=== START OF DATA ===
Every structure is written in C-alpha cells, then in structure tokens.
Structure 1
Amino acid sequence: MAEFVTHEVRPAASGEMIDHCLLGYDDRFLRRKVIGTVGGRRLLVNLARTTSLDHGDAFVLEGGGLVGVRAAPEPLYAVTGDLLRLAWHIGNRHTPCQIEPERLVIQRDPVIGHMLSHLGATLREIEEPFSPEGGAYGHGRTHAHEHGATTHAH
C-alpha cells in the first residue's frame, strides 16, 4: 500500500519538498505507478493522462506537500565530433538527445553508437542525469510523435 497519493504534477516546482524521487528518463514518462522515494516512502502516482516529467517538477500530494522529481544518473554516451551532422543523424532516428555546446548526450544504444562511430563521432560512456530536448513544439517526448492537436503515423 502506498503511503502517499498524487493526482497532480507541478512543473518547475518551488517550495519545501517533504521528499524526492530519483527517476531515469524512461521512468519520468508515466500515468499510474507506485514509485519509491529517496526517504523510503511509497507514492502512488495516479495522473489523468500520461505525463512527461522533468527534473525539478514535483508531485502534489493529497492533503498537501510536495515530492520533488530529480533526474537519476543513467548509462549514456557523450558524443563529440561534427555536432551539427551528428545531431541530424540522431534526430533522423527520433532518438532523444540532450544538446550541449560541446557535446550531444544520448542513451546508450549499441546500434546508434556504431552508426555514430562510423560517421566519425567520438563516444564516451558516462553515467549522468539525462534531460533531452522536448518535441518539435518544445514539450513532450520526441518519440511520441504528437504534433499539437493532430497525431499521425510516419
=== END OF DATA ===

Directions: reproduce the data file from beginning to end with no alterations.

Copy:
Every structure is written in C-alpha cells, then in structure tokens.
Structure 1
Amino acid sequence: MAEFVTHEVRPAASGEMIDHCLLGYDDRFLRRKVIGTVGGRRLLVNLARTTSLDHGDAFVLEGGGLVGVRAAPEPLYAVTGDLLRLAWHIGNRHTPCQIEPERLVIQRDPVIGHMLSHLGATLREIEEPFSPEGGAYGHGRTHAHEHGATTHAH
C-alpha cells in the first residue's frame, strides 16, 4: 500500500519538498505507478493522462506537500565530433538527445553508437542525469510523435 497519493504534477516546482524521487528518463514518462522515494516512502502516482516529467517538477500530494522529481544518473554516451551532422543523424532516428555546446548526450544504444562511430563521432560512456530536448513544439517526448492537436503515423 502506498503511503502517499498524487493526482497532480507541478512543473518547475518551488517550495519545501517533504521528499524526492530519483527517476531515469524512461521512468519520468508515466500515468499510474507506485514509485519509491529517496526517504523510503511509497507514492502512488495516479495522473489523468500520461505525463512527461522533468527534473525539478514535483508531485502534489493529497492533503498537501510536495515530492520533488530529480533526474537519476543513467548509462549514456557523450558524443563529440561534427555536432551539427551528428545531431541530424540522431534526430533522423527520433532518438532523444540532450544538446550541449560541446557535446550531444544520448542513451546508450549499441546500434546508434556504431552508426555514430562510423560517421566519425567520438563516444564516451558516462553515467549522468539525462534531460533531452522536448518535441518539435518544445514539450513532450520526441518519440511520441504528437504534433499539437493532430497525431499521425510516419